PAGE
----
Counseling Methodology

Ed Welch  - Blog Post  - Aug 15, 2015

I occasionally enter swimming competitions in which swimmers are placed in age-groups (20-25, 25-30, 30-35 and so on). The advantage is that the older I get, the less the competition. The problem is that I don’t practice. Instead, I watch a few YouTube videos about start and stroke technique, and I hope to bring that knowledge into my events, as if observing the technique of an Olympian will transform me into one.

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Ed Welch  - Blog Post  - Jan 13, 2015

I was asked to describe a typical counseling session in a phone interview with a group of Christian undergraduate students who were studying different Christian counseling models. Their assignment was to interview a representative from one of these models. Somehow they ended up with me, which, by the end of our conversation, was probably a disappointment. 

I think they were expecting something a bit churchy, with overtones of the predictable and trite. What they heard, I think, at least initially, seemed simplistic.

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Lauren Whitman  - JBC Article  - Apr 28, 2014

Lauren Whitman provides us with helpful guidance on how to conduct that often-challenging first counseling session. Newer counselors will be eager to have a tool to help them approach these initial conversations with people they don’t know. But even veterans will benefit from a review of things to keep in mind as they meet with those they counsel for the first time. Read this and find a new way (or two!) to bless those who come to you for help. 

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CCEF  - Blog Post  - Jun 02, 2013

Usually counseling skills are talked about from the counselor's perspective. But what is it like from the point of view of the one seeking help? For counseling to be fruitful, what must happen in the counsel-seeker’s relationship with the counsel-giver? This workshop will discuss four key ingredients that make a decisive difference in the effectiveness of pastoral counseling

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Ed Welch  - Blog Post  - May 01, 2013

Resistance seems like an odd thing: someone asks for counsel but then doesn’t listen to it. It sounds like a straightforward case of hard-heartedness. But there may be other reasons why counselees don’t listen.

Here are two.

1. Counselors offer ill-suited counsel

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Ed Welch  - Blog Post  - Feb 04, 2013

When you are counseling, how much do you share about yourself? The same question could be asked of small group leaders and preachers.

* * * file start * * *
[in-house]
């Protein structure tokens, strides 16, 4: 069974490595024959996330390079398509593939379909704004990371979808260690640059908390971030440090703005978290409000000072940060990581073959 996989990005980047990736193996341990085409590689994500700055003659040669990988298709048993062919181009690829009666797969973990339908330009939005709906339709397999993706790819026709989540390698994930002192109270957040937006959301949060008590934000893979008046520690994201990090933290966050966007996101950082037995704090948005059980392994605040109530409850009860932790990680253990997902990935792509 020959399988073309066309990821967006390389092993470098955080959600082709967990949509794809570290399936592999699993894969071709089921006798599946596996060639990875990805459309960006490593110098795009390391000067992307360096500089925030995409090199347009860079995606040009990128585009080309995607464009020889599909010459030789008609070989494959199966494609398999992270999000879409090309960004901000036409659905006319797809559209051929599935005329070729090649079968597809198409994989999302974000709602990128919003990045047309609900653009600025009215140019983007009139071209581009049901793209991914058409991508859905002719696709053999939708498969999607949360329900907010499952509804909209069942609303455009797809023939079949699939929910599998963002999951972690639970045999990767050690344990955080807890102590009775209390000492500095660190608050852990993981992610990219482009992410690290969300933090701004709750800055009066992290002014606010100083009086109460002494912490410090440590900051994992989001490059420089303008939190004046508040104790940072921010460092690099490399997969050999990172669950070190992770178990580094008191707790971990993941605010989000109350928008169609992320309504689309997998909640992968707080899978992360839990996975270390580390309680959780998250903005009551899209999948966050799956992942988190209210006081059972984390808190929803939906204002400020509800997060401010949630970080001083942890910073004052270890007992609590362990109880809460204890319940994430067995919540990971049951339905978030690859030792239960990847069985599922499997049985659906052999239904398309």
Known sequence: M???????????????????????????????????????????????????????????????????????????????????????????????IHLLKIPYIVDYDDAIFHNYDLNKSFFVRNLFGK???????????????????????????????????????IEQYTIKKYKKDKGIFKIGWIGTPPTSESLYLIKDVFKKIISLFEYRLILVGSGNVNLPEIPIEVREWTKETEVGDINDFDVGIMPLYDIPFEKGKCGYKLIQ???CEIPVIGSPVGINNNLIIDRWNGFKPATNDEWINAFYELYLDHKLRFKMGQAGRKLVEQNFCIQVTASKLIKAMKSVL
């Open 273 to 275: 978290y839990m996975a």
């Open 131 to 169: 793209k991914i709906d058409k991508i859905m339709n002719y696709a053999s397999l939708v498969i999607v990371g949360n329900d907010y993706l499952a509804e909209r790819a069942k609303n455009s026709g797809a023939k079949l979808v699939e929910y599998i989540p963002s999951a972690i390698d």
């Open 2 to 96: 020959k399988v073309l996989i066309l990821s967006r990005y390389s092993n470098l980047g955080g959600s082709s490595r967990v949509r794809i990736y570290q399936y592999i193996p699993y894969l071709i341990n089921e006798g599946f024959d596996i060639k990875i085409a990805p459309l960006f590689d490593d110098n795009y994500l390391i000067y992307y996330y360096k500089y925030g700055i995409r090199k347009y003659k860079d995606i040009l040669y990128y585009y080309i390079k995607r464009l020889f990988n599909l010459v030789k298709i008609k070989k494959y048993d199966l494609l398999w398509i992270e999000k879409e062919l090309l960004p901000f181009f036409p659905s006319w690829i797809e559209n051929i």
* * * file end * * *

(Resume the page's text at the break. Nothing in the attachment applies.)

What is self-disclosure?
Self-disclosure is simply offering personal information while you are also offering godly direction to someone else. This information can be in different forms.

Demographic data. This might include things like: your age, birthday, where you grew up, marital status, kids’ names, church, or what you did on your summer vacation. 

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David Powlison  - Blog Post  - Oct 16, 2012

Question: What is “proof-texting” and a “proof text”? Are these positive or negative terms (i.e., when we use them to describe ministry of the Word of God)?

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David Powlison  - Blog Post  - Oct 12, 2012

QUESTION: How do you apply the biblical counseling model with people who do not want to hear anything about the Bible or Jesus? Knowing what people need to hear is often very simple (e.g., God’s love, forgiveness of sins). Should we still speak biblical truth in these instances?

If the person you are speaking with simply doesn’t want to hear about the Bible or Jesus, then you can take several approaches, depending on the situation.

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Alasdair Groves, Mike Emlet  - Podcast  - Sep 13, 2012

Today on Help & Hope, Alasdair Groves and Mike Emlet discuss the value of the emotions of the counselee in the moment of the counseling session for the process of walking with them to heal from past hurts.

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Alasdair Groves, Julie E. Lowe  - Podcast  - Sep 06, 2012

In another "In The Counselor's Room," Alasdair Groves and Julie Lowe discuss how to help a child counselee to build relational bridges with their parents.

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